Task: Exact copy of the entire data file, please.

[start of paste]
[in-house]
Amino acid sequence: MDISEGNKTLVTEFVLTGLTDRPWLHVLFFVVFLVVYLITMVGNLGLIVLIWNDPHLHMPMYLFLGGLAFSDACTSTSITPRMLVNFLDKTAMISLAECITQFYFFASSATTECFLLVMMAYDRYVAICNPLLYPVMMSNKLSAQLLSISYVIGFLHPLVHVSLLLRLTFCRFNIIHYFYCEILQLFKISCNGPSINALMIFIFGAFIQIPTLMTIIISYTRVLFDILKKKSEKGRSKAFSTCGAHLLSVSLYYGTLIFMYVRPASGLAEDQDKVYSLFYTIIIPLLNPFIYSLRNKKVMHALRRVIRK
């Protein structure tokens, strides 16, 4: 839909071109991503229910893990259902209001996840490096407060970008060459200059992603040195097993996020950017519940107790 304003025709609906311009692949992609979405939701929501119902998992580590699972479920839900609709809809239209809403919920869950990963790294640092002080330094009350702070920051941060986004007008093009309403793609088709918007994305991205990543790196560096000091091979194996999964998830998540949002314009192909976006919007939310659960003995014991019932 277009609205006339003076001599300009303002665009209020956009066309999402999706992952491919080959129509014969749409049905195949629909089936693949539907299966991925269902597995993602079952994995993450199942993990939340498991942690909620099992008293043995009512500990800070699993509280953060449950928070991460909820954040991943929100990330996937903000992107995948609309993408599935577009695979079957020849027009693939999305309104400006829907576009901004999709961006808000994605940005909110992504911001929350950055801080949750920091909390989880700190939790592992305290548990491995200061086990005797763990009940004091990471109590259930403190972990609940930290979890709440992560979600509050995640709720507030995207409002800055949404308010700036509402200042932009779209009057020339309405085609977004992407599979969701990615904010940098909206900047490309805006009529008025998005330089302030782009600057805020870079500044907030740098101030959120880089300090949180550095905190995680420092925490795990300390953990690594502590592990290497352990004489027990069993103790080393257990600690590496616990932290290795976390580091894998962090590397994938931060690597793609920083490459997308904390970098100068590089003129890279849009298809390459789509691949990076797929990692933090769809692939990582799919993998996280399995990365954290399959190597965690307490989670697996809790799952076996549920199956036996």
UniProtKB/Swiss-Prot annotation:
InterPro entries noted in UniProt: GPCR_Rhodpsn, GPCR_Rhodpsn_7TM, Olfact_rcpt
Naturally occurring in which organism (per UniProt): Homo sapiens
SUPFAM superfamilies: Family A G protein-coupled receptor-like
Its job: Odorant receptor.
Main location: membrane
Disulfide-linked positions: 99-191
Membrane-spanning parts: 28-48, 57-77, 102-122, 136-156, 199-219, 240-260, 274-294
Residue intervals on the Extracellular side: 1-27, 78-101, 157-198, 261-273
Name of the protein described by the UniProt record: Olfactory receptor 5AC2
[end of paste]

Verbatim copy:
[in-house]
Amino acid sequence: MDISEGNKTLVTEFVLTGLTDRPWLHVLFFVVFLVVYLITMVGNLGLIVLIWNDPHLHMPMYLFLGGLAFSDACTSTSITPRMLVNFLDKTAMISLAECITQFYFFASSATTECFLLVMMAYDRYVAICNPLLYPVMMSNKLSAQLLSISYVIGFLHPLVHVSLLLRLTFCRFNIIHYFYCEILQLFKISCNGPSINALMIFIFGAFIQIPTLMTIIISYTRVLFDILKKKSEKGRSKAFSTCGAHLLSVSLYYGTLIFMYVRPASGLAEDQDKVYSLFYTIIIPLLNPFIYSLRNKKVMHALRRVIRK
């Protein structure tokens, strides 16, 4: 839909071109991503229910893990259902209001996840490096407060970008060459200059992603040195097993996020950017519940107790 304003025709609906311009692949992609979405939701929501119902998992580590699972479920839900609709809809239209809403919920869950990963790294640092002080330094009350702070920051941060986004007008093009309403793609088709918007994305991205990543790196560096000091091979194996999964998830998540949002314009192909976006919007939310659960003995014991019932 277009609205006339003076001599300009303002665009209020956009066309999402999706992952491919080959129509014969749409049905195949629909089936693949539907299966991925269902597995993602079952994995993450199942993990939340498991942690909620099992008293043995009512500990800070699993509280953060449950928070991460909820954040991943929100990330996937903000992107995948609309993408599935577009695979079957020849027009693939999305309104400006829907576009901004999709961006808000994605940005909110992504911001929350950055801080949750920091909390989880700190939790592992305290548990491995200061086990005797763990009940004091990471109590259930403190972990609940930290979890709440992560979600509050995640709720507030995207409002800055949404308010700036509402200042932009779209009057020339309405085609977004992407599979969701990615904010940098909206900047490309805006009529008025998005330089302030782009600057805020870079500044907030740098101030959120880089300090949180550095905190995680420092925490795990300390953990690594502590592990290497352990004489027990069993103790080393257990600690590496616990932290290795976390580091894998962090590397994938931060690597793609920083490459997308904390970098100068590089003129890279849009298809390459789509691949990076797929990692933090769809692939990582799919993998996280399995990365954290399959190597965690307490989670697996809790799952076996549920199956036996």
UniProtKB/Swiss-Prot annotation:
InterPro entries noted in UniProt: GPCR_Rhodpsn, GPCR_Rhodpsn_7TM, Olfact_rcpt
Naturally occurring in which organism (per UniProt): Homo sapiens
SUPFAM superfamilies: Family A G protein-coupled receptor-like
Its job: Odorant receptor.
Main location: membrane
Disulfide-linked positions: 99-191
Membrane-spanning parts: 28-48, 57-77, 102-122, 136-156, 199-219, 240-260, 274-294
Residue intervals on the Extracellular side: 1-27, 78-101, 157-198, 261-273
Name of the protein described by the UniProt record: Olfactory receptor 5AC2